5 Reasons I’m Thankful to be a 21st Century Nurse
You might feel thankful to be a nurse in the 21st century. Mainly because you know medical technology has expanded. It continues to excel month by month. Pretty soon, everyone will survive on technology in the medical industry. If you look back 15 years ago, you know much everything has changed. For example, nursing uniforms were long and felt heavy. This prevented nurses from being able to move freely. This is important in the nursing industry. Also, in January
2004, there was a law passed which required that all hospital rely on Electronic Health Records or EHR. This minimized losing a patient’s information and also saved on the cost of storing paper charts. Another example of surprising technical advances included needle-free injections. In 1940, the very first needle-free injection system was introduced.
Reasons You Should Be Thankful that you’re a 21st Century Nurse
Clogs Scrubs and Sneakers. Wow!
Do you recall the V-J Day celebration dating back to 1940? It was the photo of the nurse who was kissed by a Navy soldier. She had on heels with white stockings. Imagine how incredibly uncomfortable that is. To top it off, she was required to wear a skirt uniform with a cap. A girdle was also worn which also made it impossible to focus on her job. There is quite a difference now compared with the 1940’s in terms of the uniform.
Be Thank ful for a Plastic IV Bag
Trying to hang a glass IV bottle isn’t very much fun. Actually, it almost makes it impossible to flip open without the machine alarming constantly. During the Second World War, things were a lot worse. Whenever a bomb would drop and shake an intensive care unit, the glass IV bottle would fall. This resulted in glass everywhere, and you were the one to clean up the mess. These days, there are plastic IV tubes instead of glass. You also don’t have to calculate the rate of drips by standing around and counting. You will feel extremely lucky now that you can use a plastic IV bag.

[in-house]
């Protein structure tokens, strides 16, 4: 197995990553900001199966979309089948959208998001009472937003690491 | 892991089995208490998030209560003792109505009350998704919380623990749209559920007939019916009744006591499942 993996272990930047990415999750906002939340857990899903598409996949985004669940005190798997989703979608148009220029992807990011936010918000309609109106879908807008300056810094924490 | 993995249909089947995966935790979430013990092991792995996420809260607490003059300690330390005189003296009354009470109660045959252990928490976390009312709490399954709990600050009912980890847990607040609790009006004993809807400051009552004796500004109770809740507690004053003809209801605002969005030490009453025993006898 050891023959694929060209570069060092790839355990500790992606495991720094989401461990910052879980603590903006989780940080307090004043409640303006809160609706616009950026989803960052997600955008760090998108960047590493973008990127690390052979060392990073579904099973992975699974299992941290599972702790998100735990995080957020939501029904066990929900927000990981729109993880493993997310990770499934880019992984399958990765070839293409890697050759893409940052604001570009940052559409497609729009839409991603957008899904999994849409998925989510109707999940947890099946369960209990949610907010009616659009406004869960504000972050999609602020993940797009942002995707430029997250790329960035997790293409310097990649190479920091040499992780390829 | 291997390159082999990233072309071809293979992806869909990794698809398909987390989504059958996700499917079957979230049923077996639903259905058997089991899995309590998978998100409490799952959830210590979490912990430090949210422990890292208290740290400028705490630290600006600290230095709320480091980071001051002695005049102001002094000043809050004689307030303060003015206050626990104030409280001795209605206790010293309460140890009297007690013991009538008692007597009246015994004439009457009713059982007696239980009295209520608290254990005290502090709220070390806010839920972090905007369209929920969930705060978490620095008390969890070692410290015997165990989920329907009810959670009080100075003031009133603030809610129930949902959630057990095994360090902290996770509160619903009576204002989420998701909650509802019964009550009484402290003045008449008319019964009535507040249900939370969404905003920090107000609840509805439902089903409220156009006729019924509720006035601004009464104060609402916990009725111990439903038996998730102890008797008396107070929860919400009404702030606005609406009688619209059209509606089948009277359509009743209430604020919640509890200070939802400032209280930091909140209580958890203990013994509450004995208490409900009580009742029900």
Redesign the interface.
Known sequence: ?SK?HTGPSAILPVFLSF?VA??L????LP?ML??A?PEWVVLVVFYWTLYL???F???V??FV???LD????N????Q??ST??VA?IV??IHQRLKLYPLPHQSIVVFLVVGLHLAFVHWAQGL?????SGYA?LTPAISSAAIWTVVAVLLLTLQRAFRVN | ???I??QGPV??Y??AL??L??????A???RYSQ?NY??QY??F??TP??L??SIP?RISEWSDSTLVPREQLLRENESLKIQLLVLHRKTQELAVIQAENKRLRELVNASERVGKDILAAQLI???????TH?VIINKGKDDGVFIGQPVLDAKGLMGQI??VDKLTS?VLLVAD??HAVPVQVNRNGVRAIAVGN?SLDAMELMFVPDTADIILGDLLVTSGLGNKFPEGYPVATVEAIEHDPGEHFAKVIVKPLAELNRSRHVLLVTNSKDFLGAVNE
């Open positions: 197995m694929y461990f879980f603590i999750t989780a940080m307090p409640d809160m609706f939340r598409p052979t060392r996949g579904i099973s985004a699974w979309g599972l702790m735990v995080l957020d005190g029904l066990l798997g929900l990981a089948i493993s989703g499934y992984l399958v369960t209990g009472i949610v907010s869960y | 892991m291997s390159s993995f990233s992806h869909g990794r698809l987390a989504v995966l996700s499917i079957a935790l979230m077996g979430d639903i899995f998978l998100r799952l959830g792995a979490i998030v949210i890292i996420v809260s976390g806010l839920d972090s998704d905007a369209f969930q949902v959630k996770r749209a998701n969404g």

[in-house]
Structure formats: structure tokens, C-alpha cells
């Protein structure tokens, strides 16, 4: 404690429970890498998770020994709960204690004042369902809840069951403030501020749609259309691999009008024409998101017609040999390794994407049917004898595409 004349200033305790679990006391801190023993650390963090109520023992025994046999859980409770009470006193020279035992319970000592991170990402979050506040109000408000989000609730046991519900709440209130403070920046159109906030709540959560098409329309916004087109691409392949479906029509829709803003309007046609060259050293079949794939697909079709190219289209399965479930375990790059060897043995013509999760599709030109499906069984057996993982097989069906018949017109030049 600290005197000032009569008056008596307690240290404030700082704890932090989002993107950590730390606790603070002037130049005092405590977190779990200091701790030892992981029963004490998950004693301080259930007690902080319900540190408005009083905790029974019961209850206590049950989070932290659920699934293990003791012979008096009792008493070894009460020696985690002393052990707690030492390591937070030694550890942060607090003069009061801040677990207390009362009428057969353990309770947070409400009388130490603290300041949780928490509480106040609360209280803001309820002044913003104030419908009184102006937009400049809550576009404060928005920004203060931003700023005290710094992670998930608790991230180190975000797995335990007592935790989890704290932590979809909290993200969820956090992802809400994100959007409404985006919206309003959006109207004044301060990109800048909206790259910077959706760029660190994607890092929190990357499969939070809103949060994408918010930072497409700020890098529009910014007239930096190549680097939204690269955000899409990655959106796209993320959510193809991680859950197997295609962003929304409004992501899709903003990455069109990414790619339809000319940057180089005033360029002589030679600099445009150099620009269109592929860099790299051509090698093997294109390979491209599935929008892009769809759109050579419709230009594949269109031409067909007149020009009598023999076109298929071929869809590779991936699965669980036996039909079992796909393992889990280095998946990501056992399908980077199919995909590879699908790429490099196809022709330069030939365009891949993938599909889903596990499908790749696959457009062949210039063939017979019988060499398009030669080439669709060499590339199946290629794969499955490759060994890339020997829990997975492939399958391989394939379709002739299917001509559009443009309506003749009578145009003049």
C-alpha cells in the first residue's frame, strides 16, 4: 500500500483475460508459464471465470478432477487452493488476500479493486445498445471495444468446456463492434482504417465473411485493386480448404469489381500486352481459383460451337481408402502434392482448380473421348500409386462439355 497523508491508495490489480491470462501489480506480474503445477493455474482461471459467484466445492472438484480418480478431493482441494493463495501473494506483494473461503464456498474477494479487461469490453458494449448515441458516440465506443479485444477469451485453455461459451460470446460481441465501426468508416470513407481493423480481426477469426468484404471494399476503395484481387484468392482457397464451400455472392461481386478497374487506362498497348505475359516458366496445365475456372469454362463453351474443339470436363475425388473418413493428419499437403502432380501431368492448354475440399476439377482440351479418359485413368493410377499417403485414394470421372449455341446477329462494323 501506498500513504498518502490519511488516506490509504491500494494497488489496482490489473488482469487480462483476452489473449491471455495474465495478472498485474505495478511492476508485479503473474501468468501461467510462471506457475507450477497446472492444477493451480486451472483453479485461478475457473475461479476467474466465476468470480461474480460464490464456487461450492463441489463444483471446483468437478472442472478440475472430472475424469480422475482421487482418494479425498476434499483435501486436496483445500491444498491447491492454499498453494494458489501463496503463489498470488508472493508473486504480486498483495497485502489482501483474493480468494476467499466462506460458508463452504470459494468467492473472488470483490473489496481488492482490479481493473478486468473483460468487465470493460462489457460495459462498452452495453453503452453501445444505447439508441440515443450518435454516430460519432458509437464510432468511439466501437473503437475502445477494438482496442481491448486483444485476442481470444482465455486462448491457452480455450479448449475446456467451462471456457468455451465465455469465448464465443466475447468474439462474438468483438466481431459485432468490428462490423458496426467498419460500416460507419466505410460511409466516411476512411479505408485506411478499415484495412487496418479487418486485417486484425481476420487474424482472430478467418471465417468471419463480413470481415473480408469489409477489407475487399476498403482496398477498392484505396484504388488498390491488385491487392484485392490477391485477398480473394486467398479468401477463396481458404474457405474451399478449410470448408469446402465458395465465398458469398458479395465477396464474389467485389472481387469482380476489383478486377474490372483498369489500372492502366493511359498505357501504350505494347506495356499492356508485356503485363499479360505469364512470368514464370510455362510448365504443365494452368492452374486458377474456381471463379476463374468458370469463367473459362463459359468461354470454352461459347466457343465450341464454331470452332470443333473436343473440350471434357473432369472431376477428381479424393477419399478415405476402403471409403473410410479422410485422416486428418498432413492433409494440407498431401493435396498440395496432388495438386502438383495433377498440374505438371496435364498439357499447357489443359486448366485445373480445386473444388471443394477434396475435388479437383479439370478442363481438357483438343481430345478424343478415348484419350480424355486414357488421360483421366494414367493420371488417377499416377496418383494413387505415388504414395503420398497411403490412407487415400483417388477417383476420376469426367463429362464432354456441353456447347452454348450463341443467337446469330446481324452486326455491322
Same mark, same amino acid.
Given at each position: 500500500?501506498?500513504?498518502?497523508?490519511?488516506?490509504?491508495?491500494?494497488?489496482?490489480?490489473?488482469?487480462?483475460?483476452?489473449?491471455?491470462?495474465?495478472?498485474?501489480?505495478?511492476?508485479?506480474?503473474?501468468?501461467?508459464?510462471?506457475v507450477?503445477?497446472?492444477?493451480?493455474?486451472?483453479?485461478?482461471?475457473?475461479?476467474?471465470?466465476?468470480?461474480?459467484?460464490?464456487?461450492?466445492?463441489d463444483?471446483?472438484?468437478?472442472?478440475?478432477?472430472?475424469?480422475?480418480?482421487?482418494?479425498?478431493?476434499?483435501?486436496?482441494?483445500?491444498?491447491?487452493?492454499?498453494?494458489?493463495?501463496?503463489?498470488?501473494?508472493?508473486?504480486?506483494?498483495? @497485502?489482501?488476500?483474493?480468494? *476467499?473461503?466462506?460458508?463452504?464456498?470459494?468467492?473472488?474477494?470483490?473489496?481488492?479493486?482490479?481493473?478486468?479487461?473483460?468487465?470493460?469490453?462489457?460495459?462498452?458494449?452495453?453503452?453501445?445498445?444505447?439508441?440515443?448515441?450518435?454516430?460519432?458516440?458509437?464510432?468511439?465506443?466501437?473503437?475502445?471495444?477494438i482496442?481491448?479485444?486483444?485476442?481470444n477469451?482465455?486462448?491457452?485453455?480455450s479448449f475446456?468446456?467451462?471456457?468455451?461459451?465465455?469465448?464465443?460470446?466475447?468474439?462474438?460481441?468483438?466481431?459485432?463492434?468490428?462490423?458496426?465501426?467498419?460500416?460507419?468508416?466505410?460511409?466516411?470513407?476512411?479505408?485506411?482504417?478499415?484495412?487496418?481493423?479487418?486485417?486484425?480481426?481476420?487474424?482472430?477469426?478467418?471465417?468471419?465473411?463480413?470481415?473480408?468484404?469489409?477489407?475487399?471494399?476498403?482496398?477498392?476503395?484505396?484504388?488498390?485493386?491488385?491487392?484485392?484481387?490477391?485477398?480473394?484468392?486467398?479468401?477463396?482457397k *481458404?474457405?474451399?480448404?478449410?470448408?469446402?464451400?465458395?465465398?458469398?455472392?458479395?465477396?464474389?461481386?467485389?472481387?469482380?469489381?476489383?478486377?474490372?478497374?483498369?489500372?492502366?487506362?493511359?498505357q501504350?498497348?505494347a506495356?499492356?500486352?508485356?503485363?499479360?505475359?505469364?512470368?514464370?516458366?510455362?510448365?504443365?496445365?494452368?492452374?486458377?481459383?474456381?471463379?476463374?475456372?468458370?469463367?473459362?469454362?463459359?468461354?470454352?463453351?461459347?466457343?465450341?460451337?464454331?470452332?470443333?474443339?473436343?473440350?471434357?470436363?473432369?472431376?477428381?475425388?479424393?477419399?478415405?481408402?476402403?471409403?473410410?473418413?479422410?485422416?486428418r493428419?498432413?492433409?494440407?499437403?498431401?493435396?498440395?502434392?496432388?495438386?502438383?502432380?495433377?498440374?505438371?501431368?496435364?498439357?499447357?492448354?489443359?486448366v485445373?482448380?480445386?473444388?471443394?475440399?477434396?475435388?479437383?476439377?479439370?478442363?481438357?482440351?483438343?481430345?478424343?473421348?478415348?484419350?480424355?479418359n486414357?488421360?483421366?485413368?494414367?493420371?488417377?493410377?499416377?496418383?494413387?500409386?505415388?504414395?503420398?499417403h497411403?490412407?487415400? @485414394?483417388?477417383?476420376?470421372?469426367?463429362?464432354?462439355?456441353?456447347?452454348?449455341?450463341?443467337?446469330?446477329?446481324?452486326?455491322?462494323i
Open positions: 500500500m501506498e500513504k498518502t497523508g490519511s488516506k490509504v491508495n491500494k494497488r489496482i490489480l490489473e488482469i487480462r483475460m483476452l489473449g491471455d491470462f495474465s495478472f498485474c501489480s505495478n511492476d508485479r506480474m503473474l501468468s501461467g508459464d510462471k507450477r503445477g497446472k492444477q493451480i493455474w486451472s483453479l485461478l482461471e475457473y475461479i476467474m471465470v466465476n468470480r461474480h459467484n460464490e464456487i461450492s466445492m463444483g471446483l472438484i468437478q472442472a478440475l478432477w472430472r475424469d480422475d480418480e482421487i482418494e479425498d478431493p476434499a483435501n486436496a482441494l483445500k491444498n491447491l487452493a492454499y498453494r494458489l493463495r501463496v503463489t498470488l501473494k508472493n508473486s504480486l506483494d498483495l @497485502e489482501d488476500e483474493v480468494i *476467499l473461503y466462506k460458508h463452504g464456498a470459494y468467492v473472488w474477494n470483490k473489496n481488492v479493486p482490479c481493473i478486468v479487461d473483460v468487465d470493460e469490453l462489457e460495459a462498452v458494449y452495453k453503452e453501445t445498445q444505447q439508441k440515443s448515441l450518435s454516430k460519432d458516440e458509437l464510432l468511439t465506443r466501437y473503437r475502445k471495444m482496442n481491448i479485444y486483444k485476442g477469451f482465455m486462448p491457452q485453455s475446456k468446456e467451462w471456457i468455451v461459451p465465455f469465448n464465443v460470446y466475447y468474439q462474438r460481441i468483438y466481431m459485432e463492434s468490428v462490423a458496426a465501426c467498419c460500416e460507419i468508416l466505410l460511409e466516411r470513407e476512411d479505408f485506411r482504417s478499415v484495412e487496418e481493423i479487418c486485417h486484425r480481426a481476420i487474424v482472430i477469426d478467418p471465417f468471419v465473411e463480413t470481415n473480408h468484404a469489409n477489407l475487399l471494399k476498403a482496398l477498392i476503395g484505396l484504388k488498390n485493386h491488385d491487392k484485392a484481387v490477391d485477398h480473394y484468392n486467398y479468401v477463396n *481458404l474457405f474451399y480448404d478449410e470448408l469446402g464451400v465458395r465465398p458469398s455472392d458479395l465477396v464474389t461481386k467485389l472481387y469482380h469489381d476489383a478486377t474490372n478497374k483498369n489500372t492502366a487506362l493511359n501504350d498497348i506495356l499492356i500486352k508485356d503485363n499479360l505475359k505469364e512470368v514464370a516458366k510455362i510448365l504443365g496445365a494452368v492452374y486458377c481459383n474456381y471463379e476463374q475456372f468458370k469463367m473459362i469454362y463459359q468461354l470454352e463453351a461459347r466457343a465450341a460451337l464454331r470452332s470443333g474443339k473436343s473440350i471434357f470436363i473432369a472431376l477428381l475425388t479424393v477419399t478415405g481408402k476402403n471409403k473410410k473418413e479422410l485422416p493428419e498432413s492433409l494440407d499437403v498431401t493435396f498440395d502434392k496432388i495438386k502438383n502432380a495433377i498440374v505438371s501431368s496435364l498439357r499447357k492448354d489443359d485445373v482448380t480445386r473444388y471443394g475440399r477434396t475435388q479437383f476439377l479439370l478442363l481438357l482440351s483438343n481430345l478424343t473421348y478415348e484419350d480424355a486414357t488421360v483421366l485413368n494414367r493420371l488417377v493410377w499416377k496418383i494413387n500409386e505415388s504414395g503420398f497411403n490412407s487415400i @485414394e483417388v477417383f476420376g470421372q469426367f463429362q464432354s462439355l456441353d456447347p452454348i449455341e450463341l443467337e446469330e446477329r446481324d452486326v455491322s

The Big Difference with Plastic IV Cannulas
During the 1930’s, colleges would provide books to nurses and doctors on treatment of syphilis. There were also parts in the book that explained how to take care of a medical emergency when the infusion needle you had used accidently broke, becoming lodged in a patient’s body. All of the needles back then were made from metal. Now there are flexible cannulas, which make it impossible for needles to break within the body. You should really be thankful that you are a 21st century nurse because this was such a hassle in the 1930´s.
Nurses and Doctors Thank Antibiotics
Now that there are antibiotics available, doctors can prescribe them these with instructions and send them off on their merry way. Antibiotics are great for the flu, scabies, athlete’s foot, strep throat and more. This allows less time for a patient to be in the hospital and also lowers costs.
Soap, Water and Razors – What a Difference!
Before the 1840’s, nurses and doctors didn’t wash their hands. Because of this, bacteria, viruses and other germs were easily around passed in the hospitals. One guy named IgnazSemmelwe is finally stepped up and explained the dangers of not washing your hands.
This material was prepared by an independent third party.
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